Though $6.2 billion is a healthy number, it’s a far cry from the figure loanDepot floated when it first made noise about an IPO in the fall. At the time, loanDepot was seeking a valuation of between $12 billion and $15 billion, Bloomberg previously reported.

Its founder and CEO Anthony Hsieh in September even compared loanDepot to Rocket Companies, which went public in August at a market cap of roughly $36 billion.

”We are the Lyft to their Uber,” Hsieh said. “The momentum for non-bank lending is here to stay. We’re here to fuel the American dream.”


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According to figures from Inside Mortgage Finance, California-based loanDepot originated about $100 billion worth of residential mortgages in 2020. That production made loanDepot the seventh-largest lender in America last year.

The company generated $1.47 billion in net income in the nine months through September 30, blowing away any prior record many times over.

“We’ve created a company that is built to serve customers throughout the entire loan transaction, from the onset of the purchase or refinance decision through loan closing and servicing,” Hsieh said in the prospectus.

“We now possess roughly 3% market share of annual mortgage origination volumes, which makes up part of the $11T total addressable market. Thanks to our brand investment over time, we are also one of the most recognized brands in the industry today. All of this gives us enormous runway. And, to some, it may seem like we are in a much different place than we were 11 years ago. But, from my vantage point, much feels the same.”

LoanDepot, backed by private equity firm Parthenon Capital Partners, first announced plans to go public in September 2015, but canceled the IPO hours before pricing due to what the company called adverse “market conditions.” At the time, LoanDepot had sought a valuation of $2.4 billion to $2.6 billion. In 2017, the company revived plans for an IPO but didn’t take the plunge.

Its foray into the public markets follows that of several rivals, including the aforementioned Rocket Companies as well as wholesale-only lenders United Wholesale Mortgage and Homepoint.

“While the company is fast growing and profitable, [loanDepot] operates in a highly cyclical industry, and recent IPOs of mortgage lenders have had lackluster receptions,” Renaissance Capital said of loanDepot.

In terms of channel mix, loanDepot most closely resembles Rocket. In its S-1, loanDepot touts its entrepreneurial ethos and its technology platform, called “mello.” And like Rocket, loanDepot has spent over $1.2 billion in marketing and promotion of its brand.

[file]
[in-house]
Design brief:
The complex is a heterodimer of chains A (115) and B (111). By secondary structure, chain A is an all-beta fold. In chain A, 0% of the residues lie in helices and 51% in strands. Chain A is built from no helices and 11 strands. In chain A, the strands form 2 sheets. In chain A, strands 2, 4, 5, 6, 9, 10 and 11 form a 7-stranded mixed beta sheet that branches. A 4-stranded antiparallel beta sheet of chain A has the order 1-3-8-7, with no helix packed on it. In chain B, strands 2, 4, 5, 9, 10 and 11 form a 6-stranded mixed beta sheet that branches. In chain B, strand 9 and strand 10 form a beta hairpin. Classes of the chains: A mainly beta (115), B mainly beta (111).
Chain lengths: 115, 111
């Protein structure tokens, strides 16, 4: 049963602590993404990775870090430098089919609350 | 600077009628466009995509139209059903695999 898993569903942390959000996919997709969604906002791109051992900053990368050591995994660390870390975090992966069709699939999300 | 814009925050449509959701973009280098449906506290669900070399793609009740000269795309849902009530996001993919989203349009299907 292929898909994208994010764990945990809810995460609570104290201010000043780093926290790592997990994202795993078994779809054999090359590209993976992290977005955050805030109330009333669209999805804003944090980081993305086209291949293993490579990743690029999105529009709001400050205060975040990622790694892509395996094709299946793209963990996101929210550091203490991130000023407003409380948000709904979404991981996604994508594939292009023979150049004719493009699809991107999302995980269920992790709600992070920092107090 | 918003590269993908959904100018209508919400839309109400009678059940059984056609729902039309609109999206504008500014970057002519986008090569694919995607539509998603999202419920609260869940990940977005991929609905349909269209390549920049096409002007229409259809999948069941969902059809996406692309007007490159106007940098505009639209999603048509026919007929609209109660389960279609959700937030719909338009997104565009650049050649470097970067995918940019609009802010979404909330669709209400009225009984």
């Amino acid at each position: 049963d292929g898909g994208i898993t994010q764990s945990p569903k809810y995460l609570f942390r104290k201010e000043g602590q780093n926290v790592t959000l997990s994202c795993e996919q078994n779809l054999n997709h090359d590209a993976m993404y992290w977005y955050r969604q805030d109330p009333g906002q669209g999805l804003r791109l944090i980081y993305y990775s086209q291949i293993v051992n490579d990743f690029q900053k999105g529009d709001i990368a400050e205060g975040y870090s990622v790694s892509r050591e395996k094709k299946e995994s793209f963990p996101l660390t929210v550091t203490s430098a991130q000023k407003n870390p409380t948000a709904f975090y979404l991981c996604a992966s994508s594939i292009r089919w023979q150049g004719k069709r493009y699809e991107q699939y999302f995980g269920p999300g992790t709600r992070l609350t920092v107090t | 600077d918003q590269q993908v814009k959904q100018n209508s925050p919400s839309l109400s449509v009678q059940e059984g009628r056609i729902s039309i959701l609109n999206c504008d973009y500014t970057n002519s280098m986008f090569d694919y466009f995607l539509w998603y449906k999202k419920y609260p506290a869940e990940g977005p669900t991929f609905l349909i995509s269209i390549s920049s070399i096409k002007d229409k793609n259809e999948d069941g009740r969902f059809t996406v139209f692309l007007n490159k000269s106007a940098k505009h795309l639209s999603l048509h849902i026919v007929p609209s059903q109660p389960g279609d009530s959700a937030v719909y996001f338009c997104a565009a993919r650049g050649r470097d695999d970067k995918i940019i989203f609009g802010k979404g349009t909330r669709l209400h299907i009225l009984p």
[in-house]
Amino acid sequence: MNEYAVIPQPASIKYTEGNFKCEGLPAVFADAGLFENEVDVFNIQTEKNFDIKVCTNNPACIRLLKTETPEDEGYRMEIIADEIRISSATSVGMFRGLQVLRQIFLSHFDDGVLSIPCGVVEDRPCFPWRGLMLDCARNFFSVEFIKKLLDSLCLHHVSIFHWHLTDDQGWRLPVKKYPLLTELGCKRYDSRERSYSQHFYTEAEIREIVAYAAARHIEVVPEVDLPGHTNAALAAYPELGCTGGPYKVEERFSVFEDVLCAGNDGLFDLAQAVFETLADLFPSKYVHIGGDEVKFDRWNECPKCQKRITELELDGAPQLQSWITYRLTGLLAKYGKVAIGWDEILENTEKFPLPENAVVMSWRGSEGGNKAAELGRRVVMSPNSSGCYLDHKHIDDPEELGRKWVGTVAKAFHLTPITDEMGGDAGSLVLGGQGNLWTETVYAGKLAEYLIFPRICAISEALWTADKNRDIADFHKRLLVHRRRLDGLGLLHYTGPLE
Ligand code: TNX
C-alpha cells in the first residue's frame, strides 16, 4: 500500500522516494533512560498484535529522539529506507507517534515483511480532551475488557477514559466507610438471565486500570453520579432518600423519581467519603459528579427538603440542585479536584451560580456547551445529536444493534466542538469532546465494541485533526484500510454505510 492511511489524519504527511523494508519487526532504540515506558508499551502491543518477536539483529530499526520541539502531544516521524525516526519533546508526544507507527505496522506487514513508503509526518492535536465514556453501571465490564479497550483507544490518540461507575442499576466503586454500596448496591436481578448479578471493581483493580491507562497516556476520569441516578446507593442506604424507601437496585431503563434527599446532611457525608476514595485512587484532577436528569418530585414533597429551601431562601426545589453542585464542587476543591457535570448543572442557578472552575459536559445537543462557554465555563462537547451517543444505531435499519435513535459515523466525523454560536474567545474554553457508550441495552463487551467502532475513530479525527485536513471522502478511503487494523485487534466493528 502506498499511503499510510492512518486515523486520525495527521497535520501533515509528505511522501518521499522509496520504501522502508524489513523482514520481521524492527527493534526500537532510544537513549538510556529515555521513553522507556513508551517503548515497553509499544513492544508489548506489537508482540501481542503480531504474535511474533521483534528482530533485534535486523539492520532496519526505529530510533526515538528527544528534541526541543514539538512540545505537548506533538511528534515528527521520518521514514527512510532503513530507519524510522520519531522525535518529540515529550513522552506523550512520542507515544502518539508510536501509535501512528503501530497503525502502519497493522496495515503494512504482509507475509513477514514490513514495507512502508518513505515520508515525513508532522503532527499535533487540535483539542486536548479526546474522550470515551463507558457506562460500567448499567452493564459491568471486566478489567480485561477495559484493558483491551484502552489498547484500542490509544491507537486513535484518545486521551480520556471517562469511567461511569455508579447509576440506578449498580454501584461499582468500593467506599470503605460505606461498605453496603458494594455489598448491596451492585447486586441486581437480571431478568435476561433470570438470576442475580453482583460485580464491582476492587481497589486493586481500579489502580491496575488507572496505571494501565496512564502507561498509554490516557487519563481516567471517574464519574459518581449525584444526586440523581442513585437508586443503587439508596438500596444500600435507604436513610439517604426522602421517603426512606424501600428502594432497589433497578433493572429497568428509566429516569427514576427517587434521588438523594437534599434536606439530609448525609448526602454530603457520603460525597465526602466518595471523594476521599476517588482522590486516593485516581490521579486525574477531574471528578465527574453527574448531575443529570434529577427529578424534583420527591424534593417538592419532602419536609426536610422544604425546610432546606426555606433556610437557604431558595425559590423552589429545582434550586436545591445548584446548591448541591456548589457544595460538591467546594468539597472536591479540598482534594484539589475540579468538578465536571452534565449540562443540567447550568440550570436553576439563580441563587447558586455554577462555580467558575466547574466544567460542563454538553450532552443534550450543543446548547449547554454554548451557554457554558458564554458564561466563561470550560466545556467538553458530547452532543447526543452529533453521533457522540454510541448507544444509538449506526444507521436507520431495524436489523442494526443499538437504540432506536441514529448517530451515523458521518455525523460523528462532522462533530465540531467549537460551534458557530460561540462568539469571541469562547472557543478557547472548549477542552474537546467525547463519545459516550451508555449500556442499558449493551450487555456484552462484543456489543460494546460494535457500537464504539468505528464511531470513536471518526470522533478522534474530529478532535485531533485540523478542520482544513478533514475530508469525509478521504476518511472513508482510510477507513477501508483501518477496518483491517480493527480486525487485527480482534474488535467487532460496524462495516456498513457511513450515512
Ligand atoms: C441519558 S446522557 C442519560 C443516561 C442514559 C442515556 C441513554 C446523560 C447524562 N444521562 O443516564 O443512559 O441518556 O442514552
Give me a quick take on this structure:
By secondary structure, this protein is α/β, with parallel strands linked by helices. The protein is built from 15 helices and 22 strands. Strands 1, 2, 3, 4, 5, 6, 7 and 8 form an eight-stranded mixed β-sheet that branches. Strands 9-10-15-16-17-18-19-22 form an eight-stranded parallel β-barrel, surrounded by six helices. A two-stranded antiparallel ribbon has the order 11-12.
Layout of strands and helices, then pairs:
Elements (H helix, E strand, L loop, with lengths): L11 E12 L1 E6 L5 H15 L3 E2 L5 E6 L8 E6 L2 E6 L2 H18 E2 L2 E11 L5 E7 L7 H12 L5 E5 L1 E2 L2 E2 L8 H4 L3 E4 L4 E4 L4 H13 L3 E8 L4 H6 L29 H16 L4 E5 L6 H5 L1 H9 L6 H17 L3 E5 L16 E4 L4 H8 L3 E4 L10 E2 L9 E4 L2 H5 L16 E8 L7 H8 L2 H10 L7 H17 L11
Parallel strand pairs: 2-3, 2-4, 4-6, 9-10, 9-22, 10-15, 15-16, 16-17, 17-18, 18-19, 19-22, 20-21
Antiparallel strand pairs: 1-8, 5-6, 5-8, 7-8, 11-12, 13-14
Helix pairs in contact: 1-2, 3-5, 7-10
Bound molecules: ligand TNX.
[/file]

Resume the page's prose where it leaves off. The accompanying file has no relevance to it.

In its prospectus, loanDepot talks at length about its partner business, which includes third-party-originations via mortgage brokers and real estate agents, as well as joint-ventures with builders and other referral partners. But it concedes that its retail strategy is more fully baked. LoanDepot originated 72% of the company’s loans in 2019 via its 2,000-member strong retail channel, and 28% through its partner network.

“We are a data-driven company. We utilize data from lead acquisition, digital marketing, in-market relationships, and our servicing portfolio to identify and acquire new customers and retain our existing customers,” the firm said in its S-1.

“During the last 12 months, we have analyzed, enriched, and optimized more than 9 million customer leads with a deep understanding of each potential customer’s financial profile and needs. We also maintain mello DataMart, an extensive proprietary data warehouse of over 38 million contacts generated over our ten-year history. Our predictive analytics, machine learning and artificial intelligence drive optimized lead performance,” the S-1 stated.

The data-driven approach has led to big direct-to-consumer conversions, the company said in its prospectus.

“We have nearly doubled our consumer direct conversion rates year-over-year for the nine months ended September 30, 2020 and our customer acquisition cost declined by 52% to $767 for the three months ended September 30, 2020 from $1,585 for the year ended December 31, 2017. Additionally, our customer acquisition cost declined by 33% to $890 for the nine months ended September 30, 2020 from $1,323 for the nine months ended September 30, 2019.”

LoanDepot, which now has over 10,000 employees, could begin trading on Thursday on the New York Stock Exchange under the ticker symbol “LDI,” according to Renaissance Capital.